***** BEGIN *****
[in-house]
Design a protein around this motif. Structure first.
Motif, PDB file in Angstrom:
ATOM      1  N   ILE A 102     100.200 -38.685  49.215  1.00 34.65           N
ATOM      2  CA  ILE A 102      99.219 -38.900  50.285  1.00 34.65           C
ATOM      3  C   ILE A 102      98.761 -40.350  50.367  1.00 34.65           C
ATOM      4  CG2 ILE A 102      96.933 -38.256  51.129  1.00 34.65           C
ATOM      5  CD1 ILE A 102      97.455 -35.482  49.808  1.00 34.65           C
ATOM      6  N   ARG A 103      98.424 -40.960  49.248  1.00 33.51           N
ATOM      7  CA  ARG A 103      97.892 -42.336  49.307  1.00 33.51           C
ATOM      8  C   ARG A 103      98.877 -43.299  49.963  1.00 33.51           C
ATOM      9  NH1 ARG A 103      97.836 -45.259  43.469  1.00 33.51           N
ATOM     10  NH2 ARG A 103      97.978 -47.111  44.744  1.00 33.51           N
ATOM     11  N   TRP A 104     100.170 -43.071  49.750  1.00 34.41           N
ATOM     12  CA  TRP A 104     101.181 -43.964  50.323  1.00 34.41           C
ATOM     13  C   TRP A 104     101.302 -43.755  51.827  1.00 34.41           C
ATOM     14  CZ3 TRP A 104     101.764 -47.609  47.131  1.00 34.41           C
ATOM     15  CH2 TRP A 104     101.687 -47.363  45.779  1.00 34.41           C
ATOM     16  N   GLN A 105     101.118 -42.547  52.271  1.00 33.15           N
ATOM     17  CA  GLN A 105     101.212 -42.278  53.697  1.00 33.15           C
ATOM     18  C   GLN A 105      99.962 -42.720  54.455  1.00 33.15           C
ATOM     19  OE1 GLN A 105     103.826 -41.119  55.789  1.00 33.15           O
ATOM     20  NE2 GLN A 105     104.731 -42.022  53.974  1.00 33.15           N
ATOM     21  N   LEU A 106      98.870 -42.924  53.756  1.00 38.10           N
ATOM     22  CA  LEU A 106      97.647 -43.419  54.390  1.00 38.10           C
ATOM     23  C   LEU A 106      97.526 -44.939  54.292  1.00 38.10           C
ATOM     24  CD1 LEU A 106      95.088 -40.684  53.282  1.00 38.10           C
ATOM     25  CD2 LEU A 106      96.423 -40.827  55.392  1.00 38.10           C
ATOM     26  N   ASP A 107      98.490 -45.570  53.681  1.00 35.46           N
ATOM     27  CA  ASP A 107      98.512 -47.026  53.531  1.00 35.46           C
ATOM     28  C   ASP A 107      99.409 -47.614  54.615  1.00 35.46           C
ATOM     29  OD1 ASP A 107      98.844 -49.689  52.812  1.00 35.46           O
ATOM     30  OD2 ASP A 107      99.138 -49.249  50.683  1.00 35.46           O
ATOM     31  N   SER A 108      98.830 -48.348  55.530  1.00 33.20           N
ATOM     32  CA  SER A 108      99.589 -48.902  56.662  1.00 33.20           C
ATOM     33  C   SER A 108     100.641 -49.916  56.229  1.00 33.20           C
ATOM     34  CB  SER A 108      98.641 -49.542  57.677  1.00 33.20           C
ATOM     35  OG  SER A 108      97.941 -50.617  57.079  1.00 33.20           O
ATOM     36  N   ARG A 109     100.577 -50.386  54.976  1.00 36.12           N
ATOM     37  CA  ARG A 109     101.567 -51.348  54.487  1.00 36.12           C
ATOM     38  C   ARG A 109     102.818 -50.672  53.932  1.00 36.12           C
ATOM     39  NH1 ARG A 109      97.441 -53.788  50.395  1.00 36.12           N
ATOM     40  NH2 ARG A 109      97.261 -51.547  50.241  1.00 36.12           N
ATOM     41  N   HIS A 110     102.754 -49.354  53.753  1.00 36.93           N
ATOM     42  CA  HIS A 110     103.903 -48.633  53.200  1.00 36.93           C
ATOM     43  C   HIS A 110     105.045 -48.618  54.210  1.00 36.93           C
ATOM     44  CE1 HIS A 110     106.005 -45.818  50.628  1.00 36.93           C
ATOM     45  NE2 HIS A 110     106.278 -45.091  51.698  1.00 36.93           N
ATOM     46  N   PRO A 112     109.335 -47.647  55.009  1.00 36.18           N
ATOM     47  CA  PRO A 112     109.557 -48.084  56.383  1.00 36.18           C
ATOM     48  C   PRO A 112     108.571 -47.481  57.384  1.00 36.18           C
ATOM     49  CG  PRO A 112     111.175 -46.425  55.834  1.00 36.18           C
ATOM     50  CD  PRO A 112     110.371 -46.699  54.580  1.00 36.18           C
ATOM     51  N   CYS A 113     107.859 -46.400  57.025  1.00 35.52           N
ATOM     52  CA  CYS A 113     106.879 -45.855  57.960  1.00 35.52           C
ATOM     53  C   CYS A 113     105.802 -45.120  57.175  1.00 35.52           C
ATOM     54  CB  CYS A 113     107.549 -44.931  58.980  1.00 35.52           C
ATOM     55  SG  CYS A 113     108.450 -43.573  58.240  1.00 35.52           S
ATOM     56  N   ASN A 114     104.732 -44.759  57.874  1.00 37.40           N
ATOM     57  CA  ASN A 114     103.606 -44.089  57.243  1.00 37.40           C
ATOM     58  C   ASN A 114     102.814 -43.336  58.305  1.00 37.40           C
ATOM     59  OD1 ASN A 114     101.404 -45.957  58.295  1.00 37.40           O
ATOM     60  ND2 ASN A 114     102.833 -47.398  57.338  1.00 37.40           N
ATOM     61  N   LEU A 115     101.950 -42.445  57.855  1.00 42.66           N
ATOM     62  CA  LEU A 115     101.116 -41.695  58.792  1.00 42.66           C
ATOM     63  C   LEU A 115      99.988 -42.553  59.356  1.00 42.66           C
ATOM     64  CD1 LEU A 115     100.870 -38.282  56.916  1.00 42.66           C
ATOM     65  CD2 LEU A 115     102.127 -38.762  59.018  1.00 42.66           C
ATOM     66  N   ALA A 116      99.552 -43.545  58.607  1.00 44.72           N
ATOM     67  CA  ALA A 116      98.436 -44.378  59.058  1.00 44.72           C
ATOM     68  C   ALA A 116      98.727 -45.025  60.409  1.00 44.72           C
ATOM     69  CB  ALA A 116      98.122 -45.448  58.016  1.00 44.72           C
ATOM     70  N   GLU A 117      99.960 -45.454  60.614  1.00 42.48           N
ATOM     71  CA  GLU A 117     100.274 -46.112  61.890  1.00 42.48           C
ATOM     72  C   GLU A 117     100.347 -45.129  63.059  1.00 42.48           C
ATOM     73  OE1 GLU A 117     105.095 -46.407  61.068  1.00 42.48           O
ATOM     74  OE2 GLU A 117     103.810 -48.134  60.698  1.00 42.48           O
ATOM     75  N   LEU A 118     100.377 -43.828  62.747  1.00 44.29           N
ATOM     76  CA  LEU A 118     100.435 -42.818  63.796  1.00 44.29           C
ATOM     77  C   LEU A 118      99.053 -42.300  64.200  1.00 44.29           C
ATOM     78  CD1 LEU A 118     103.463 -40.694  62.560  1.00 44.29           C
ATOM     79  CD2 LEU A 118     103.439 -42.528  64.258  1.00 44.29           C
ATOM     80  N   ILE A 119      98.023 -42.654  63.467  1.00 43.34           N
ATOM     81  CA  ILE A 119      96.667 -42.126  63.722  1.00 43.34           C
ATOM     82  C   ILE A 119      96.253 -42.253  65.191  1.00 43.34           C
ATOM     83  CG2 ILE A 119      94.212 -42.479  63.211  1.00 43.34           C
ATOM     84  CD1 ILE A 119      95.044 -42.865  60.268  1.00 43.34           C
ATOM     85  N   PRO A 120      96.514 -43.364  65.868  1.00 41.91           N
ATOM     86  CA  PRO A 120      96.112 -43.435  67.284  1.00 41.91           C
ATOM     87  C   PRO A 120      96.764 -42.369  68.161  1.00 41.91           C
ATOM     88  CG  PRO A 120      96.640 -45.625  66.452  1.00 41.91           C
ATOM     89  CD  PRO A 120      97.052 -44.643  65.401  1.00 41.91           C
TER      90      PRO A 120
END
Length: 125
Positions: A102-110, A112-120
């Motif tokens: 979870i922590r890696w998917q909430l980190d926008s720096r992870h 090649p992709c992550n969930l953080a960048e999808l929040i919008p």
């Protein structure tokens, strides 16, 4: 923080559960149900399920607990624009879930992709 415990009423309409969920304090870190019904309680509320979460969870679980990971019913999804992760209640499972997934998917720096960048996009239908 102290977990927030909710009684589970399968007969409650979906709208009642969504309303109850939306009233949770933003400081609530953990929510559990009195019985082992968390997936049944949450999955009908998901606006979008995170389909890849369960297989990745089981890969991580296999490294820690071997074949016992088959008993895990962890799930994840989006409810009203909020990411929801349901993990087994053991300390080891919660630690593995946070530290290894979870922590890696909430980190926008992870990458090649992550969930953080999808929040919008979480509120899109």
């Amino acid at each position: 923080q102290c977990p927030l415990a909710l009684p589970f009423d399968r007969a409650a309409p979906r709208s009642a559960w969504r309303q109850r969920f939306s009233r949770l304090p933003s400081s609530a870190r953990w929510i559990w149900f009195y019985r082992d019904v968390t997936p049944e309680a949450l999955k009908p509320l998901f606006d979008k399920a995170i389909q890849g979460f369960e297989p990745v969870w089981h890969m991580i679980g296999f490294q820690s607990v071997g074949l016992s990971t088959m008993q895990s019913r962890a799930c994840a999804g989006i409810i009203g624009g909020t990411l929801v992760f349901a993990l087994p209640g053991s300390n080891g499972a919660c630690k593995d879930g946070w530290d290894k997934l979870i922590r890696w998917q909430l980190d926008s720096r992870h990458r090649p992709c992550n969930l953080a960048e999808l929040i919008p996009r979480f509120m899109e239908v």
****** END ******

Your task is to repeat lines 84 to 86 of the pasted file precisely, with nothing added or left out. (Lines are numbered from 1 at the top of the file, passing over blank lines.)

ATOM     81  CA  ILE A 119      96.667 -42.126  63.722  1.00 43.34           C
ATOM     82  C   ILE A 119      96.253 -42.253  65.191  1.00 43.34           C
ATOM     83  CG2 ILE A 119      94.212 -42.479  63.211  1.00 43.34           C